There are a number of causes of colic in horses, from indigestion to twisted intestines or blockages from feed, and the word "colic" itself simply means abdominal pain.

Although equine colic is relatively common and can often be easily treated, it can also be extremely dangerous for your horse and should always be treated as an emergency.

What Can Cause Colic in a Horse?

Nature designed horses to roam over distances of at least 5km a day, looking for food and grazing on the way. This “trickle feeding” means eating a large quantity of low energy food over the course of the whole day, and of course plenty of chewing.

However, many horses these days are stabled for eight hours, fed twice a day with hard feed and limited hay. This is a very different way of life from what nature intended and your horse’s intestines have unfortunately not evolved to cope with this modern routine. This can leave them more susceptible to any stress from changes to routine or environment.

Horses only produce saliva whilst chewing, which means that a long period of grazing is needed to neutralise stomach acid and help prevent common equine digestive issues like ulcers or colic. A horse’s digestion also produces gas whilst breaking down food, and without the right diet and routines this can build up and cause the gut to become distended.

Contributing factors to colic for horses are:

  • Poor or inadequate diet, including sudden changes and inappropriate quantities of forage/fibre or water.

  • Digestive issues including previous episodes of colic or poor teeth.

  • Overgrazed pasture

  • Sandy pasture

  • Stress, including travelling, sudden changes of environment or exercise after eating

  • Mouldy feed or parasite infestation

  • Impaction

  • Long term use of NSAIDs

  • Overstabling

Signs of Colic in Horses

You may notice your horse exhibiting some unusual behaviours if they are suffering from colic:

  • Restlessness

  • Rolling

  • Peculiar postures including biting the flanks or pawing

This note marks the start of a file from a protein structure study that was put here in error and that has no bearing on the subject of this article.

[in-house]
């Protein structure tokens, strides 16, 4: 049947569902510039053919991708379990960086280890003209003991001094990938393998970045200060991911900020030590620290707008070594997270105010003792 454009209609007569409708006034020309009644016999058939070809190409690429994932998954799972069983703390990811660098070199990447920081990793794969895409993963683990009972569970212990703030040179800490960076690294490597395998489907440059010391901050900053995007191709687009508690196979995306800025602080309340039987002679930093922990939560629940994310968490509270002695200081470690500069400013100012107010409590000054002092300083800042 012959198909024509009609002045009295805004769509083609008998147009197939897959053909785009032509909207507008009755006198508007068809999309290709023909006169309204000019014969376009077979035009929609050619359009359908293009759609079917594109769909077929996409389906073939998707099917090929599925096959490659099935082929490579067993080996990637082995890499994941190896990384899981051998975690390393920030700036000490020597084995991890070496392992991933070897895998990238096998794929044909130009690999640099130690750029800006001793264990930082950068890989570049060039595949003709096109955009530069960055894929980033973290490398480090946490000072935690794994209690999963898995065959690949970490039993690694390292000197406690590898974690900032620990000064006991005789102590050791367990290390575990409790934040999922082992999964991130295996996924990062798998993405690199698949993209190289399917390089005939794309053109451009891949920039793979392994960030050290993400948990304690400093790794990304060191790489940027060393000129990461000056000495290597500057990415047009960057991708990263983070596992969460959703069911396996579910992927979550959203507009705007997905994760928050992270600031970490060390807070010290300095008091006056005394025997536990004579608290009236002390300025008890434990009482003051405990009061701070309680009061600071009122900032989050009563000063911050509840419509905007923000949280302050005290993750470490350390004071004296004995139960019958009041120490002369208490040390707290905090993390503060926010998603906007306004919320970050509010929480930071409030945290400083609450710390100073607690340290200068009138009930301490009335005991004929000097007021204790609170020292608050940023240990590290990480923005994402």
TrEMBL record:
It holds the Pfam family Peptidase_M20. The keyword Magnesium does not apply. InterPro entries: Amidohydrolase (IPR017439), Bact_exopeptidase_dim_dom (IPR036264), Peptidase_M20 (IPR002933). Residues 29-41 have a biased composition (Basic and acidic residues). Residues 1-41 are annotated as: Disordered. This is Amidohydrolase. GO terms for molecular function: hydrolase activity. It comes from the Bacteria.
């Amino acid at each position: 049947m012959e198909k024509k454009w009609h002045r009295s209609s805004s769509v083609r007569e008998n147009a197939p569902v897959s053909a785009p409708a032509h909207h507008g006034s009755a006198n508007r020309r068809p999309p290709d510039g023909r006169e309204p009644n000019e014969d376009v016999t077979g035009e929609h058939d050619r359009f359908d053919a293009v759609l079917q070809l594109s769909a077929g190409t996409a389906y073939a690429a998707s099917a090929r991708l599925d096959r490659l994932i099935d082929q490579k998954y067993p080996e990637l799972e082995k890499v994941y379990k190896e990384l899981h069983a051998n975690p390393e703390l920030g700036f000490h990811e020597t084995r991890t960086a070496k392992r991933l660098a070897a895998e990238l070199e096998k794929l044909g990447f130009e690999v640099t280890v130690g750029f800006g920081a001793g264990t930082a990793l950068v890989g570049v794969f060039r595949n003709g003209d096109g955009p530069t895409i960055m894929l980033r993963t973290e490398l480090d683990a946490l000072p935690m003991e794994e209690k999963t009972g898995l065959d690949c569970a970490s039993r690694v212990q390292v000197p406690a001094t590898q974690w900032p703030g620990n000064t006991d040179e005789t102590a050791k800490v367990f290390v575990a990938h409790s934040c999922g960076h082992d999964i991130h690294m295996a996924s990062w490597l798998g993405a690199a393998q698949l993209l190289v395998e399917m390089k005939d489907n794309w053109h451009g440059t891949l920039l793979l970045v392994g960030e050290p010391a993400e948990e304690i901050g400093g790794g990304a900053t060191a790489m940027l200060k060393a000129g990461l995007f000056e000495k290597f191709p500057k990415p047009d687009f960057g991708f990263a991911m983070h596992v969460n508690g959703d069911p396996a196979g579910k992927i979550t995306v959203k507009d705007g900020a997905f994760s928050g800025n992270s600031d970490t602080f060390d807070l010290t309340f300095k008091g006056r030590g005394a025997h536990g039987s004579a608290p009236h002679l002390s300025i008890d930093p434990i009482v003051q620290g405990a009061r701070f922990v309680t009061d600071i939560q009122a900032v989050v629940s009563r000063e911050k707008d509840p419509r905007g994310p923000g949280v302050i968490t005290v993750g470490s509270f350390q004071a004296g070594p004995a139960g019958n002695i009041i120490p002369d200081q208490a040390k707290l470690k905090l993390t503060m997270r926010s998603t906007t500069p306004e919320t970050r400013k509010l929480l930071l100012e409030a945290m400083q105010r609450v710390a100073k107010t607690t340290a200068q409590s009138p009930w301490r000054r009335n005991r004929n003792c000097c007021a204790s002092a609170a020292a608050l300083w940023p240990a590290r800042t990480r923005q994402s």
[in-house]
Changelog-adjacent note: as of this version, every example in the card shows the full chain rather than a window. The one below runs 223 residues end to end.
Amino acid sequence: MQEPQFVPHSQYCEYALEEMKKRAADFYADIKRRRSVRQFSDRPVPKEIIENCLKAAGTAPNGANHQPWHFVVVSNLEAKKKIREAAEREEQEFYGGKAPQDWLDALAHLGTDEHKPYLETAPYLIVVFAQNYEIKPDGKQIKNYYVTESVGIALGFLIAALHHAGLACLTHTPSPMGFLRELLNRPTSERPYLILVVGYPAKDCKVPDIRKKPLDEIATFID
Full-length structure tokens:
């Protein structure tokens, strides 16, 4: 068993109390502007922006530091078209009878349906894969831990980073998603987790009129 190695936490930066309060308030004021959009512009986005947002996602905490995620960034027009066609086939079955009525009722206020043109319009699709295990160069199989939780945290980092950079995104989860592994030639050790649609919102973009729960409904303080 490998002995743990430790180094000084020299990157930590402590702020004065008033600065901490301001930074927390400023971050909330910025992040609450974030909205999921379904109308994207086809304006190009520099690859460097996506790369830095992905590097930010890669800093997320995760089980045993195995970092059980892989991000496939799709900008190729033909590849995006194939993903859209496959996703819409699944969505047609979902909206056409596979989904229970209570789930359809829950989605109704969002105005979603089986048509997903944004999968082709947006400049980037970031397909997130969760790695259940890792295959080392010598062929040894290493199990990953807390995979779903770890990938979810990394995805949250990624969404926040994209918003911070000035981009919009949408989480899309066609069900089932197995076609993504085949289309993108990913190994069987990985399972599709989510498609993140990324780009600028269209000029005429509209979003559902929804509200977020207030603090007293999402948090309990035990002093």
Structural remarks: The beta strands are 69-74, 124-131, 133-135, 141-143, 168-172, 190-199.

• Loss of interest in food or water

  • Bloating

  • Sweating and increased breathing rate

  • High pulse

  • No gut sounds

A colicky foal may lay on the back with their legs tucked, rather than showing the usual symptoms listed above.

What To Do if Your Horse is Showing Signs of Colic

If you think your horse has colic you should contact your vet straightaway, even if you think it’s mild or you are unsure. Waiting too long could mean that even minor problems become severe or untreatable. For example, if there is excess fluid in the stomach it could rupture surprisingly quickly after the onset of symptoms. If that happens, there is no way to save your horse.

Making sure you know your horse’s normal pulse, temperature and breathing rate means you can let the vet know of anything out of the ordinary.

While you are waiting for the vet:

  • Remove any feed and water until advised otherwise by your vet in case there is a blockage or impaction or distention of the gut.

  • If your horse is rolling or restless make sure they are in a safe area like a large stable

  • Let them lie down if it makes them comfortable, as long as they are not rolling

  • A gentle walk may help if it’s safe and recommended by your vet

  • Monitor vital signs at least every 15 to 20 minutes.

Treatment For Colic in Horses

In many cases, your vet may be able to treat the colic with drugs and may prescribe medication to provide pain relief for your horse and calm them down.

However, more serious cases involving severe impactions or twists in the gut may need immediate surgery. This will mean taking your horse to an equine hospital. It’s worth noting that the symptoms of colic in horses can be mild and difficult to spot even with serious cases, so if you are in any doubt act quickly.

Preventing Colic in Your Horse

Once you know what has caused your horse’s colic and they have been properly treated, you will be better placed to prevent it from happening again. For example if a parasite like strongyles has caused the problem, make sure you practice a regular deworming routine going forward to prevent a reoccurrence.

Many of these tips are good practice in caring for your horse anyway:

  • Plenty of forage in the diet (a minimum of two thirds) and as much “grazing” time as possible. Use hard feeds only as a supplement to hay or haylage. See our blog post Hay or haylage for a horse with ulcers: getting forage feeding right for more information on feeding for good digestive health.

  • You can also help digestive issues by providing a balancer like Equilibra alongside forage.

  • Ensure feed is good quality and free from mould

  • Make sure fresh water is available at all times

  • Keep a regular routine as much as possible and avoid any sudden changes in diet or exercise

  • Turn out as much as possible but avoid overgrazing the pasture

  • Avoid sandy pasture and keep feed off the ground

  • Make sure you are up to date with worming treatments

  • Monitor teeth regularly for any dental problems that could cause chewing issues

  • Give your horse adequate exercise and allow them time to cool off afterwards.

Catching colic early will likely mean a better outcome for your horse, so make sure you are familiar with your horse’s usual temperature and pulse, particularly if your horse has had colic before.

Feeding Advice for Your Horse

Looking for more advice on feeding your horse? Go to our Equine Feeding Guide or speak to our helpful nutrition team on 01225 708482.

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June 23, 2020